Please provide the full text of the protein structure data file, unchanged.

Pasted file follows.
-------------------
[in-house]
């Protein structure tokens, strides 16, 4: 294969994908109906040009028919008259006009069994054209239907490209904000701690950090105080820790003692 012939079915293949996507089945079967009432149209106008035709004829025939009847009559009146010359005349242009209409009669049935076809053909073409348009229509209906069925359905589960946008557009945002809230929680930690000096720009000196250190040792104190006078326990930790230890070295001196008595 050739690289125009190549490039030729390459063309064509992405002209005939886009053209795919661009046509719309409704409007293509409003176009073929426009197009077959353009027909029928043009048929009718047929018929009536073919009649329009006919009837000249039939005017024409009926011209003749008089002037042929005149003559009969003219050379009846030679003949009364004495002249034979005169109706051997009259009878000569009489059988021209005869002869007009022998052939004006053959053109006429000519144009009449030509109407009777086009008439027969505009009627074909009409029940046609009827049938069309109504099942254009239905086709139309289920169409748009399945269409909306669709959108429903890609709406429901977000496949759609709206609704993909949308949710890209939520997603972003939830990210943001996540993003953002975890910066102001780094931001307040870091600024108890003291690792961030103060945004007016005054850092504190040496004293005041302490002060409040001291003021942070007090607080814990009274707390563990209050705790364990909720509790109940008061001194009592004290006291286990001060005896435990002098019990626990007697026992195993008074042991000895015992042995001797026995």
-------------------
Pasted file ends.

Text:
[in-house]
């Protein structure tokens, strides 16, 4: 294969994908109906040009028919008259006009069994054209239907490209904000701690950090105080820790003692 012939079915293949996507089945079967009432149209106008035709004829025939009847009559009146010359005349242009209409009669049935076809053909073409348009229509209906069925359905589960946008557009945002809230929680930690000096720009000196250190040792104190006078326990930790230890070295001196008595 050739690289125009190549490039030729390459063309064509992405002209005939886009053209795919661009046509719309409704409007293509409003176009073929426009197009077959353009027909029928043009048929009718047929018929009536073919009649329009006919009837000249039939005017024409009926011209003749008089002037042929005149003559009969003219050379009846030679003949009364004495002249034979005169109706051997009259009878000569009489059988021209005869002869007009022998052939004006053959053109006429000519144009009449030509109407009777086009008439027969505009009627074909009409029940046609009827049938069309109504099942254009239905086709139309289920169409748009399945269409909306669709959108429903890609709406429901977000496949759609709206609704993909949308949710890209939520997603972003939830990210943001996540993003953002975890910066102001780094931001307040870091600024108890003291690792961030103060945004007016005054850092504190040496004293005041302490002060409040001291003021942070007090607080814990009274707390563990209050705790364990909720509790109940008061001194009592004290006291286990001060005896435990002098019990626990007697026992195993008074042991000895015992042995001797026995």